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Now hear this: There are limits to free speech

Anthony Jenkins/The Globe and Mail

The right to free speech is one of the most important democratic freedoms. It enables the flow of information and encourages diversity of opinion in the public sphere, as well as criticism of political leadership, all of which are in the public interest. But like most freedoms, it is not absolute, nor should it be.

The Supreme Court of Canada is currently pondering whether to jettison provisions in the Saskatchewan Human Rights Code that restrict free speech in the interests of protecting a vulnerable minority from publicly proclaimed hatred. The case in question concerns the rights of homosexuals, but the issue is broader: The court's judgment will have a ripple effect on anti-hate laws and the rights of minorities everywhere.

Given its multicultural fabric, contemporary Canada is vulnerable to the potential rise of ethnic hatreds, and it is naive, not to mention ahistorical, to assume that our mythologized consensus over tolerance cannot easily be eroded.

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Back when Canada was white and Protestant, respected academics proudly announced that Catholics, Jews and immigrants from southern Europe were "unassimilable" (their favourite expression). Their words carried weight. Signs in the Beaches neighbourhood of Toronto read: "No Jews or dogs." There was a riot against Jews in the 1930s. In Quebec, a virulent fascist movement held sway with ideas that continued into the postwar decades. The leader and mainstay, Adrien Arcand, was supporting neo-Nazi Ernst Zundel as late as 1967.

Happily, those days are gone; in fact, one reason Canada has successfully incorporated millions of immigrants from around the world is that Canadians came to understand that, in an emerging milieu of ethnic difference, hate speech was a danger to the maintenance of social peace. Equality of citizenship, including freedom from harassment, required compromise and moderation, values that were incorporated into the Canadian zeitgeist.

European countries without our tradition of upholding anti-hate laws, and without a history of ethnic pluralism, have had a much harder time coping with growing diversity. Only the United States allows almost unmitigated speech, but some legal scholars, such as Jeremy Waldron of New York University, are beginning to believe that America should align itself with the rest of the world's liberal democracies – countries that, in his words, "take affirmative responsibility for protecting the atmosphere of mutual respect against certain forms of vicious attack."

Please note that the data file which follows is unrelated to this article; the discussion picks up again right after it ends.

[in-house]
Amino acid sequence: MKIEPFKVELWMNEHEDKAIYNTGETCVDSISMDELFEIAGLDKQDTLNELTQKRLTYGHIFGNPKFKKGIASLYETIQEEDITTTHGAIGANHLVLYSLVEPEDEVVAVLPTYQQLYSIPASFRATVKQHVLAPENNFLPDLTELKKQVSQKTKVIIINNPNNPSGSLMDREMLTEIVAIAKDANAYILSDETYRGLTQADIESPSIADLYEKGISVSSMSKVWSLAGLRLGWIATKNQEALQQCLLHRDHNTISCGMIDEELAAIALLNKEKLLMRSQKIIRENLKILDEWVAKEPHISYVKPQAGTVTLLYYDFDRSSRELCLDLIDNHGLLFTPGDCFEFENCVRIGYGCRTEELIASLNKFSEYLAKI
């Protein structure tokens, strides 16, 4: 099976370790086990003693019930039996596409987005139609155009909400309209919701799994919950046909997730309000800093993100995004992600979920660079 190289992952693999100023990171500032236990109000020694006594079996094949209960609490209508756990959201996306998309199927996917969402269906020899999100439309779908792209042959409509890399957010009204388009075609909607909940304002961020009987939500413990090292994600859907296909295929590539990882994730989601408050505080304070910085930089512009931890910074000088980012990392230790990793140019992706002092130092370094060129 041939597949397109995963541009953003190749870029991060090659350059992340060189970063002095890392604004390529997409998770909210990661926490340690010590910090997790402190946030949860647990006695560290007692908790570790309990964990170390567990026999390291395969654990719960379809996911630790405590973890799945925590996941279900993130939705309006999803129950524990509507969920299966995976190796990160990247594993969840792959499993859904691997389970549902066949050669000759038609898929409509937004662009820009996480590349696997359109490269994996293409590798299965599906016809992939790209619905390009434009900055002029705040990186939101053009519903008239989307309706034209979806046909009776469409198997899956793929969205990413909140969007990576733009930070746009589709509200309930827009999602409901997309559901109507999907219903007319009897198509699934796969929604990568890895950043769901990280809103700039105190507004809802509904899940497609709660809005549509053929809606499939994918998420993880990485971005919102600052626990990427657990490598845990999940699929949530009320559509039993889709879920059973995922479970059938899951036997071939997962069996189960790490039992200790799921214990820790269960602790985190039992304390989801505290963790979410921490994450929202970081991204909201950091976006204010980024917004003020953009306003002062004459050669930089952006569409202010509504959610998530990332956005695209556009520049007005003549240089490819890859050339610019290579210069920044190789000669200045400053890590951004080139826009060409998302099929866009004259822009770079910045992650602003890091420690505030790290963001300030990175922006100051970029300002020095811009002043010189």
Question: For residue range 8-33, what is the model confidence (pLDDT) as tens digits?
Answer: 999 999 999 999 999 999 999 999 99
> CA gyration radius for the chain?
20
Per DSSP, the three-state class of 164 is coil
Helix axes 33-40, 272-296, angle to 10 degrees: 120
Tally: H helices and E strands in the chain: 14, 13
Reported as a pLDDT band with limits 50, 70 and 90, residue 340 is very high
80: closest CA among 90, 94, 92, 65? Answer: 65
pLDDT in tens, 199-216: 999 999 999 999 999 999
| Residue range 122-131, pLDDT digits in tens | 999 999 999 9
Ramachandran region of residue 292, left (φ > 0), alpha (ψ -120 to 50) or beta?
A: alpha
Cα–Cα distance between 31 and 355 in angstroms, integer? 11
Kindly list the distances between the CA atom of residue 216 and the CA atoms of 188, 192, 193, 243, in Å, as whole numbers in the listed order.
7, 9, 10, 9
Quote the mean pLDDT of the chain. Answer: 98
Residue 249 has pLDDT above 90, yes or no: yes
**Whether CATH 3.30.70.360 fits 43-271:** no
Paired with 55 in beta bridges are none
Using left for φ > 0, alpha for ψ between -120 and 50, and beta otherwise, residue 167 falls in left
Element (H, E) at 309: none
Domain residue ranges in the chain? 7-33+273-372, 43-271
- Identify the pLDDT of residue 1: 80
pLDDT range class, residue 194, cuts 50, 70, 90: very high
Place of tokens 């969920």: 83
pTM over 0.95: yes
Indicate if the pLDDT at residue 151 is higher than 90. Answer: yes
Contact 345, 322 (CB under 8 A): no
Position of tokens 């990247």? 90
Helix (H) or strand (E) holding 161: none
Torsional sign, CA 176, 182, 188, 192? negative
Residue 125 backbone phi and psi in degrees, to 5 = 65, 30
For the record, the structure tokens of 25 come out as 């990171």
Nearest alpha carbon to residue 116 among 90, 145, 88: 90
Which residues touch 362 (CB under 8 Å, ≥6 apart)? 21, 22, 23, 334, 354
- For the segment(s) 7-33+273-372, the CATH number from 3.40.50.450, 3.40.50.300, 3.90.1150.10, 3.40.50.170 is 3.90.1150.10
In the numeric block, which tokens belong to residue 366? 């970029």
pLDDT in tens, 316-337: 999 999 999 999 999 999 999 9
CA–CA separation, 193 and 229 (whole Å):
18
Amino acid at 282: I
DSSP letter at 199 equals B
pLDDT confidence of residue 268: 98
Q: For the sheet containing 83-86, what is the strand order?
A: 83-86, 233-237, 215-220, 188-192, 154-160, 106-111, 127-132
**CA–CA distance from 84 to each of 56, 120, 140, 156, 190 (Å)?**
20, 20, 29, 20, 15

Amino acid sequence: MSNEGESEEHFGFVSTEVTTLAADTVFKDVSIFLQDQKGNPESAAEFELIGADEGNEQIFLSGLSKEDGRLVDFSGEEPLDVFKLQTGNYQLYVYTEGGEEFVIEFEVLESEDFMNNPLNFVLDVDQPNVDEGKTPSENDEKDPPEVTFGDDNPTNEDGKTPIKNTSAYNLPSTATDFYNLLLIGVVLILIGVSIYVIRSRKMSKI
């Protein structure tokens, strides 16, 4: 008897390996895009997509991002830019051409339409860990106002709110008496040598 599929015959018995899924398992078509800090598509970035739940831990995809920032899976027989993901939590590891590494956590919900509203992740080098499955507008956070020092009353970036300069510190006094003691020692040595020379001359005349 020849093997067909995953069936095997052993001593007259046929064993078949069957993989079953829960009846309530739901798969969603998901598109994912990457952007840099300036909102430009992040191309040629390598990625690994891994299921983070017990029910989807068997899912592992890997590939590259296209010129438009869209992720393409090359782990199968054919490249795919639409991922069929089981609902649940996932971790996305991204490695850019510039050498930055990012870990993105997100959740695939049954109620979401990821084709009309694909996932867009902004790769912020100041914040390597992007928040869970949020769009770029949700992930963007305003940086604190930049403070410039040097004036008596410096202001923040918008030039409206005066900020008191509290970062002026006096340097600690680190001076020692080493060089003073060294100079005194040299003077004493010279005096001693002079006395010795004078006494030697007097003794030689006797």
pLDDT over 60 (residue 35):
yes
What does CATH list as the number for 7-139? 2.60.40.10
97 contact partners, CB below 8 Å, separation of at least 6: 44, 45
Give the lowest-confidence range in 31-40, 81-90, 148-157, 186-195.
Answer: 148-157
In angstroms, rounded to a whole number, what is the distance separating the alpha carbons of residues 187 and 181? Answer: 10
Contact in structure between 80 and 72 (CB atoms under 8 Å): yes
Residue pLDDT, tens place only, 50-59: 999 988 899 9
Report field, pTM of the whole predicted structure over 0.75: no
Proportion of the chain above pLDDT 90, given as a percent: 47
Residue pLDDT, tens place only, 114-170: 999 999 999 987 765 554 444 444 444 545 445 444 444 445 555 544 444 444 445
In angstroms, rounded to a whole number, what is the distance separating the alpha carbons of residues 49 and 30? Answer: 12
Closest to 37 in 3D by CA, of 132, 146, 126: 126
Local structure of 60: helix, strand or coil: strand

This protection has become urgent in the years since 9/11 with the concomitant increase in verbal attacks on Muslims. In Canada, the most prominent free-speech extremists are Ezra Levant, who provocatively republished the insulting Danish cartoons denigrating the Prophet Mohammed in 2006, and Mark Steyn, who has been generalizing about Muslims for years. Both these authors have tried to shift the Canadian consensus by normalizing previously unacceptable levels of speech.

And normalizing is exactly how it happens. Shifts in the general consensus regarding minorities are progressive and incremental. We don't notice. Then we wake up to find ourselves in a changed environment, as did the Norwegians after Anders Breivik went on a murderous rampage last summer. Mr. Breivik was part of a growing continuum of radicals fixated on the idea that Muslims, as an undifferentiated group, are conspiring against the West. In his eyes, he was a patriot. Unfortunately, history is rife with such people. They are nourished on incessant, unbridled hate speech.

It has been more than 20 years since our Supreme Court last wrestled with this issue, then upheld Canada's hate-speech provisions by ruling (narrowly) that James Keegstra, an Alberta teacher who quizzed his students on their "knowledge" of his anti-Semitic views, was willfully promoting hatred of a Canadian minority. The Canada we live in today is considerably more fragile than it was in 1990. Freedom of speech must be balanced with freedom from the destabilizing effects of public hatred in this, the world's most heterogeneous society.

Erna Paris is the author of Long Shadows: Truth, Lies and History .

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